Released: 2005, Roadrunner Records
Reviewer: Lord of the Wasteland
Max Cavalera is back with album number five under the Soulfly name, this one entitled DARK AGES. Many are calling this his best album since leaving Sepultura in 1997 and while that is debatable, there are many shining moments here of past glories. Much like 2004’s PROPHECY, the numerous guest appearances have been whittled down and the nu-metal vibe is also waning in favor of straight-ahead metal and crunching riffs. Performance-wise, DARK AGES sees the return of the same lineup from the PROPHECY album which is a good thing. Marc Rizzo’s leads and riffing are blazing throughout the CD and the rhythm section of Bobby Burns and Joe Nunez provide a solid backbone. Even Cavalera himself hasn’t sounded this enraged, clear and determined in years. Unfortunately, the increasingly frustrating pattern of an album that is at both ends of the quality scale continues to dominate. While DARK AGES features some of the most “metal” moments Cavalera has laid down since CHAOS A.D., the middle third of the album completely goes off the deep end into an experimental mish-mash of tracks that seem to have been thrown together on a whim. Recorded in the U.S., Serbia, Russia, Turkey and France, DARK AGES sees Cavalera exploring world music more than ever before, incorporating Mediterranean strings, church bells, tribal chanting and flamenco guitar into the tracks. This experimentation should be done separately from the Soulfly name—much like Karl Sanders did with his solo project last year—and focus on metal, which is what the people want.
“Babylon” is one of the best tracks Cavalera has done in years. The parallels to “Roots Bloody Roots” are numerous with thunderous drums, a serpentine riff that snakes throughout and his immediately recognizable shouted vocals. “I and I,” “Arise Again,” “Frontlines” and “Fuel The Hate” are thrashy tracks that could have been taken from as far back as the ARISE record, which should please fans hungry for Cavalera to return to that sound. “Carved Inside” shows the hardcore influence that permeated Cavalera’s consciousness on the CHAOS A.D. record and his vocals are eerily reminiscent of that era, as well. Likewise, the blink-and-you’ll-miss-it hardcore-flavored “Molotov” features a phoned-in (literally) vocal performance from Billy Milano (S.O.D./M.O.D.). Things begin to turn sour with “Innerspirit,” a hackneyed attempt at clean vocals and “Corrosion Creeps,” a track filled with every nu-metal cliché imaginable, beginning the inevitable downward spiral of DARK AGES. “Riotstarter” is atrocious and even with ex-Megadeth bassist Dave Ellefson making his second Soulfly guest appearance, as the tribal intro segues into what sounds like a leftover from his Nailbomb project and “(The) March,” similarly, could be a Nine Inch Nails song. Even the overly-long faux-core of “Staystrong” could have been edited down into half its length without missing a thing. The always interesting “Soulfly” instrumentals continue here, this time featuring a lush, progressive arrangement and Rizzo’s fabled flamenco guitar skills in full force for a fifth installment.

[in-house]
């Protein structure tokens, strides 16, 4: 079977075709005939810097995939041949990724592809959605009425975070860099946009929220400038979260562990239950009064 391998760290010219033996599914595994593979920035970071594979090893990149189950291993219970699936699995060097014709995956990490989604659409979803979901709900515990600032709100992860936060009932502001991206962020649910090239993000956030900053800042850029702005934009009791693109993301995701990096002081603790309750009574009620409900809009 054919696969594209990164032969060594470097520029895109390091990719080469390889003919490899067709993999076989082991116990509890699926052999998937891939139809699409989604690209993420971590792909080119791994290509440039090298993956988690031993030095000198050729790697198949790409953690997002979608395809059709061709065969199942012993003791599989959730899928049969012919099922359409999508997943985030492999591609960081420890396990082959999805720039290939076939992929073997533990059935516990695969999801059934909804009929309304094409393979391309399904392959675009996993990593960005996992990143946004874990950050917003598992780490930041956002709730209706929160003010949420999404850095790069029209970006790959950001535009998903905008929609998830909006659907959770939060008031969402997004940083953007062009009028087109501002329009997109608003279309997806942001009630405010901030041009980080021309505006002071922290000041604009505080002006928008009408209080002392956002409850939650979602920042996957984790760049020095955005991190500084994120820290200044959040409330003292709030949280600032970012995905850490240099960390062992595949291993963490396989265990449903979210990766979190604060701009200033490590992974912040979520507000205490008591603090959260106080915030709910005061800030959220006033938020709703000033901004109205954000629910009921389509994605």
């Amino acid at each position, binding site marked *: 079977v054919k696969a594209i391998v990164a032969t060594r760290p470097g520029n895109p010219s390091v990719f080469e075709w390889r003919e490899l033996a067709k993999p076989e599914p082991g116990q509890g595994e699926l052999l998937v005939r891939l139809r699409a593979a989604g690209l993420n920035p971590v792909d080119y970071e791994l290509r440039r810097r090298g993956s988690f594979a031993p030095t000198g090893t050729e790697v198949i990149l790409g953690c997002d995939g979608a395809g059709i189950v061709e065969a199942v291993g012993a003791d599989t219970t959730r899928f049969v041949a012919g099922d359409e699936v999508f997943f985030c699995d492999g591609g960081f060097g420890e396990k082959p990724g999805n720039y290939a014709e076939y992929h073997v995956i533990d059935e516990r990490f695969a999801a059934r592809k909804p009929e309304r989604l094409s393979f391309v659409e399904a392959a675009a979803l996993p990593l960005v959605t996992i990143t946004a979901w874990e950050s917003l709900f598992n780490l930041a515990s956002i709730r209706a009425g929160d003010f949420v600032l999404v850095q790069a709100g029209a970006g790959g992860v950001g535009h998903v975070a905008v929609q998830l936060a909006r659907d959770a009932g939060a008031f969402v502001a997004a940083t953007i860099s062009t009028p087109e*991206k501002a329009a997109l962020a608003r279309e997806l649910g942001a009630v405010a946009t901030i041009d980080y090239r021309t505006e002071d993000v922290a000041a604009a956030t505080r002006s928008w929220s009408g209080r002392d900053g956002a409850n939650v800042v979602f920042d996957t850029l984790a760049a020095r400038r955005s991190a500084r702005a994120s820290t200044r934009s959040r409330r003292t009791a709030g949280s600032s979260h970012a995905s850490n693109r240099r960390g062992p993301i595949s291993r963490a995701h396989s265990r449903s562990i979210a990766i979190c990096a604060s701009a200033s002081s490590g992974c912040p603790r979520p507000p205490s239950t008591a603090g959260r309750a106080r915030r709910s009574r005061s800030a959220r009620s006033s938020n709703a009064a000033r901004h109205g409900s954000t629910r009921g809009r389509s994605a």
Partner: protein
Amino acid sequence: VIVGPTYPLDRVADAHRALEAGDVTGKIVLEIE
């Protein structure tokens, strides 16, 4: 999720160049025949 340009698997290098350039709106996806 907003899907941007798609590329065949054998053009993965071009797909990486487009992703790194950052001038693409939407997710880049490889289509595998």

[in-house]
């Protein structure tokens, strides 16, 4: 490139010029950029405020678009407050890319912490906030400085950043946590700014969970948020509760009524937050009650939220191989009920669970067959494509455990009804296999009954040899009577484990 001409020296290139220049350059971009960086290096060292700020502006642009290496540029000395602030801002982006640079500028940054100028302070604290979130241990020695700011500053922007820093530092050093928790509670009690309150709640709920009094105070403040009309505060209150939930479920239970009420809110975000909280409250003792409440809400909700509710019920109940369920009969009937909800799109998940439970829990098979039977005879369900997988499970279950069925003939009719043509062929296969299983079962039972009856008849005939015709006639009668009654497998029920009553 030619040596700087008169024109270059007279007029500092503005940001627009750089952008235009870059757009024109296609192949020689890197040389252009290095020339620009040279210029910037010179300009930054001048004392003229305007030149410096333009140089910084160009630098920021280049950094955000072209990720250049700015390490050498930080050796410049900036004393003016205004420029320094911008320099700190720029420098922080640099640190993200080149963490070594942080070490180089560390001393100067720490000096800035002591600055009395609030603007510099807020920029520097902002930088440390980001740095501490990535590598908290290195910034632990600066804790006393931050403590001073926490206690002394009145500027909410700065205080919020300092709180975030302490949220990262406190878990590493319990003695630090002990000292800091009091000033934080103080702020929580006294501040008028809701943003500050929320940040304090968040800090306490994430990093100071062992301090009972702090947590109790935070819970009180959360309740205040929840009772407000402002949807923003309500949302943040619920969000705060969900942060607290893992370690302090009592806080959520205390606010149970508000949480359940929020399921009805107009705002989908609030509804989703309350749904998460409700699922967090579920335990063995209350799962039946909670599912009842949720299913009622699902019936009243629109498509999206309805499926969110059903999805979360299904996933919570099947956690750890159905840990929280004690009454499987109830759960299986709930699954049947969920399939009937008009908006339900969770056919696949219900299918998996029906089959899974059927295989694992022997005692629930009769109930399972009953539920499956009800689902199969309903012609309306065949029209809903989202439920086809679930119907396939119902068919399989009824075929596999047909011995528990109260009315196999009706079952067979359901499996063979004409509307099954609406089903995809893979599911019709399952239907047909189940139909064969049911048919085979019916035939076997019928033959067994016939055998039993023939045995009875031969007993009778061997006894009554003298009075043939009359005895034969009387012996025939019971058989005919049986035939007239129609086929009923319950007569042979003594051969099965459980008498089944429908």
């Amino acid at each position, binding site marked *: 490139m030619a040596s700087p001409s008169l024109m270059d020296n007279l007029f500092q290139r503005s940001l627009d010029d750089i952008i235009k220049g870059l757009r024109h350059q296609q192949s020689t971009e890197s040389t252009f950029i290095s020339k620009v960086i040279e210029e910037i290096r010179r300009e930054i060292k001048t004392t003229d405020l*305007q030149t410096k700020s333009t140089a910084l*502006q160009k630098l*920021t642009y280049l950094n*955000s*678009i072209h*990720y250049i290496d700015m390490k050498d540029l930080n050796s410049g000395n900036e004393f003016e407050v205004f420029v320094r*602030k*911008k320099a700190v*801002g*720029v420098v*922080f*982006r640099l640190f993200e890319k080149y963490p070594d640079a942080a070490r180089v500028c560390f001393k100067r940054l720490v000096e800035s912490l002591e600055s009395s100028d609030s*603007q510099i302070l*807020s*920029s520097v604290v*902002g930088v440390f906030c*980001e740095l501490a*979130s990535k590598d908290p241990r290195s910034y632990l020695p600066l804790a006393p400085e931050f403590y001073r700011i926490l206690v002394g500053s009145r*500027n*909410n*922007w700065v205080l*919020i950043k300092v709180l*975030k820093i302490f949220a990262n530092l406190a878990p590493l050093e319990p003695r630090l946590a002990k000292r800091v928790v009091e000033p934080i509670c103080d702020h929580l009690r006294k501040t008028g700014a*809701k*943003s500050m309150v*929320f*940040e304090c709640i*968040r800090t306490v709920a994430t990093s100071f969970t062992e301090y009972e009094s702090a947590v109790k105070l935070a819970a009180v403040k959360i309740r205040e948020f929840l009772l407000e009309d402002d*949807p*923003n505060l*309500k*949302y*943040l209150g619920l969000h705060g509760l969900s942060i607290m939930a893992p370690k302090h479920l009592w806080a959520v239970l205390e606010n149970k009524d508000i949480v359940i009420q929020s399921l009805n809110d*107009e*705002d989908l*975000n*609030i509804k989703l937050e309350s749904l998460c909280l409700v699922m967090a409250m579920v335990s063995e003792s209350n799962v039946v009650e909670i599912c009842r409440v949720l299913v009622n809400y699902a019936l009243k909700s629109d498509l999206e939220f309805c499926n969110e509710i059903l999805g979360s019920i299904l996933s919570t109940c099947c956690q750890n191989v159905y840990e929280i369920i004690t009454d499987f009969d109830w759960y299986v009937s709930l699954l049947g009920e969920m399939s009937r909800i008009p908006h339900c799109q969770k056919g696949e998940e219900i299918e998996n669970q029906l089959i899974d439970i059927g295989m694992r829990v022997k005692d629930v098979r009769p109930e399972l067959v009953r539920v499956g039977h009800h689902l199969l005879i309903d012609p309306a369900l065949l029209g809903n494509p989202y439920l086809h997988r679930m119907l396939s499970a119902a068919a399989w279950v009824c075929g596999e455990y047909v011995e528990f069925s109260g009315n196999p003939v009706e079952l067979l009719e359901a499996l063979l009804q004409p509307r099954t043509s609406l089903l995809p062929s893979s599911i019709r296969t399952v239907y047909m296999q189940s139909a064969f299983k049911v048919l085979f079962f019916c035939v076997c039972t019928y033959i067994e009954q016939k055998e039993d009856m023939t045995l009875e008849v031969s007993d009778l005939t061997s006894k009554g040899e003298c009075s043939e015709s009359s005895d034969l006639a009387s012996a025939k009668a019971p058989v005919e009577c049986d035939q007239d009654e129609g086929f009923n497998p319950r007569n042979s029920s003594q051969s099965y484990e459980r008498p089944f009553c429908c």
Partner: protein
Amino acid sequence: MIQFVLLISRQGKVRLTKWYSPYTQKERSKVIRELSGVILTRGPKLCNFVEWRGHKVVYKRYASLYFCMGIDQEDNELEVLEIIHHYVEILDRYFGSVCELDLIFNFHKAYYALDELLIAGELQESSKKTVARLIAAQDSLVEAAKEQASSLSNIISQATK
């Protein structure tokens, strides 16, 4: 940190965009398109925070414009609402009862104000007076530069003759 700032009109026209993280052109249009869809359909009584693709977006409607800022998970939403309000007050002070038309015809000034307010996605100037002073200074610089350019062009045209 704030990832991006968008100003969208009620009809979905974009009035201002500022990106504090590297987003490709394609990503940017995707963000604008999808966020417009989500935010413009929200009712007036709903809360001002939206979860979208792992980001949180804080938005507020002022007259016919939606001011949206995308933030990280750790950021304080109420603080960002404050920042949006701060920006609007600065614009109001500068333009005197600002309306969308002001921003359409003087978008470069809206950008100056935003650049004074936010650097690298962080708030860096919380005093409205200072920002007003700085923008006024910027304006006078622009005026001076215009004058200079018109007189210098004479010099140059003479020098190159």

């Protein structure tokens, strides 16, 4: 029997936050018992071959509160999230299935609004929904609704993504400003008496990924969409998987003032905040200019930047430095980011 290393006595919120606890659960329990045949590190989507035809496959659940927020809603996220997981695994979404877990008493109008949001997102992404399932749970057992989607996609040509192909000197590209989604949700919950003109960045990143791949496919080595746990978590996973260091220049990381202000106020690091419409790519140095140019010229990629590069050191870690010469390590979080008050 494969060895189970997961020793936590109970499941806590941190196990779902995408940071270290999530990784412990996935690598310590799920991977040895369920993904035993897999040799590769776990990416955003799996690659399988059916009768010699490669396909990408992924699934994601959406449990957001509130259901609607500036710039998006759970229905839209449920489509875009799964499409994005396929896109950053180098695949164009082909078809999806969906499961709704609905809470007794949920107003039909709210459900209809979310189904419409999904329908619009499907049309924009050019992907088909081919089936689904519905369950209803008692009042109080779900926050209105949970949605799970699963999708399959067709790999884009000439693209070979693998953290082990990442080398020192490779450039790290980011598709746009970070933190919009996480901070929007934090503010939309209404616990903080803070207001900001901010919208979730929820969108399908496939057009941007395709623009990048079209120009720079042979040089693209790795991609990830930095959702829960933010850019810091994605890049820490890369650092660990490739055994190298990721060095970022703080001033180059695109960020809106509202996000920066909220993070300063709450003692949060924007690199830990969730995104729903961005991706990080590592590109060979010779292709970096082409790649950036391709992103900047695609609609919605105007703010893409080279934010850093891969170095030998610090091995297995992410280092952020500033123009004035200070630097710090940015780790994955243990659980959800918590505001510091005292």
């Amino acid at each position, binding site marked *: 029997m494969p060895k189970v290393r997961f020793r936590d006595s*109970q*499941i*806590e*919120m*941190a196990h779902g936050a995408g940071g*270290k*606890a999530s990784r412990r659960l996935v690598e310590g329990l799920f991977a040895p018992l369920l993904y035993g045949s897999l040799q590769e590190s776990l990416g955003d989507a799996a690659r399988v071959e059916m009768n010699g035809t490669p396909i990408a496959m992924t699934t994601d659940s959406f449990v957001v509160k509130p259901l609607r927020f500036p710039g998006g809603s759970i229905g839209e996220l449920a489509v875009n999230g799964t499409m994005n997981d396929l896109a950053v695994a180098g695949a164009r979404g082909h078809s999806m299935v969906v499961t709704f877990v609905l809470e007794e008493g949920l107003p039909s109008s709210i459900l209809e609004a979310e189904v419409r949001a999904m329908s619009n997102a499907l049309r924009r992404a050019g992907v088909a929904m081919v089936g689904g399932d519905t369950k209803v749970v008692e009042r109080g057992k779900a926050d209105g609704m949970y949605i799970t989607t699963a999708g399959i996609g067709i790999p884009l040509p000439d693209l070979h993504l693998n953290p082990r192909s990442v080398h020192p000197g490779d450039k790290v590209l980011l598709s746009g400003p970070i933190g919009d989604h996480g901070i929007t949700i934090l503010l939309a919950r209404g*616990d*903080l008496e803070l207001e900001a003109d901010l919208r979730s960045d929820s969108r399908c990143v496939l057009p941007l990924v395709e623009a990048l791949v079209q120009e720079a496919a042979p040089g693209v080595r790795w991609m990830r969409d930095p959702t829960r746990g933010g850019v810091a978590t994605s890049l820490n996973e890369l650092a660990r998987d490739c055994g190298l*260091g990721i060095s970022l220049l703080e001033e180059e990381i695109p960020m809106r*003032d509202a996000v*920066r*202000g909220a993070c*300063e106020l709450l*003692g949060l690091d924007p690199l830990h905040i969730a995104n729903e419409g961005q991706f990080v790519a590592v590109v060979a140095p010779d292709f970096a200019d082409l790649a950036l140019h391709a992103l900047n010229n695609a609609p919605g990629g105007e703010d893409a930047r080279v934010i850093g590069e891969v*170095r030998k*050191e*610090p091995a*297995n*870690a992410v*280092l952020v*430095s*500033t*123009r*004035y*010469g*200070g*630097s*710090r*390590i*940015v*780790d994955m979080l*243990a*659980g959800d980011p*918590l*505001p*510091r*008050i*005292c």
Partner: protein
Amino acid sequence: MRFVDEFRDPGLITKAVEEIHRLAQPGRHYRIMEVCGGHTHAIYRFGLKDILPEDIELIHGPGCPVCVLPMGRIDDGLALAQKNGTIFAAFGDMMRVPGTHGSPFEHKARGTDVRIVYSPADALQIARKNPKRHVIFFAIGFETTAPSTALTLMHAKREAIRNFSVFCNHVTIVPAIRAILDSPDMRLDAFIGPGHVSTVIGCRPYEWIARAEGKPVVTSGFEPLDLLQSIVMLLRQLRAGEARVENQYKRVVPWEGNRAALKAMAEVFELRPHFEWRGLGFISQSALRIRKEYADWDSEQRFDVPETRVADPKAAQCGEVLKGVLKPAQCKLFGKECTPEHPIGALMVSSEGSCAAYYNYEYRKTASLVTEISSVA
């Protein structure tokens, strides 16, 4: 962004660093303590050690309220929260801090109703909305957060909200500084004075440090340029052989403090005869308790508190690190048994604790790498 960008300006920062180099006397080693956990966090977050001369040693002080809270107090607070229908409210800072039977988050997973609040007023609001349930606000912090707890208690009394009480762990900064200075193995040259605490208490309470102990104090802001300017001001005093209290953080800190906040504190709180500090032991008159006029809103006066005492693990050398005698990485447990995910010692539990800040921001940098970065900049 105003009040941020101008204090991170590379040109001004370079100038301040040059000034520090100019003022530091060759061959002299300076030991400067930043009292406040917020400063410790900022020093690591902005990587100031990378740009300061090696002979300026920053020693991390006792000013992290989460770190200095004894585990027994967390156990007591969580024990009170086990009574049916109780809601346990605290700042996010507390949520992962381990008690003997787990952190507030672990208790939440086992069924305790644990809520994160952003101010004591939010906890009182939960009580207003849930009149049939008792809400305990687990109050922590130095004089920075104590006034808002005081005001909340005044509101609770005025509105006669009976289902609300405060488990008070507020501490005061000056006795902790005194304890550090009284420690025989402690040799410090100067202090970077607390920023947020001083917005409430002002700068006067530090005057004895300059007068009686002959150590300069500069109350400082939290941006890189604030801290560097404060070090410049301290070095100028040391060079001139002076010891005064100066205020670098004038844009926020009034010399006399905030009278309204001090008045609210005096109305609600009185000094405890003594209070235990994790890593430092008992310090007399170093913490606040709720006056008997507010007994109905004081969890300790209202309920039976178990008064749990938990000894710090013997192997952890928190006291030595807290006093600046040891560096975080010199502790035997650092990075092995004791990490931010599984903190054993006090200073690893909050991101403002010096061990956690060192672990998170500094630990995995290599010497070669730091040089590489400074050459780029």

Now that things seem to have settled down with all the lineup changes, what Cavalera needs to do is focus on crafting an album that will out-metal, out-thrash and leave all the naysayers with their jaws on the floor. DARK AGES continues to drift away from the nu-metal ugliness that plagued Soulfly when it first emerged in 1998. Like its predecessor, shreds of greatness are everywhere and in many places, Soulfly sounds more like Sepultura does these days but there are still some demons that plague the Soulfly albums that need to be exorcised before all will be forgotten. DARK AGES is another step in the right direction and I believe that if I squint my eyes, I can see that album coming in the very near future.
KILLER KUTS: “Babylon,” “I and I,” “Carved Inside,” “Arise Again,” “Fuel The Hate”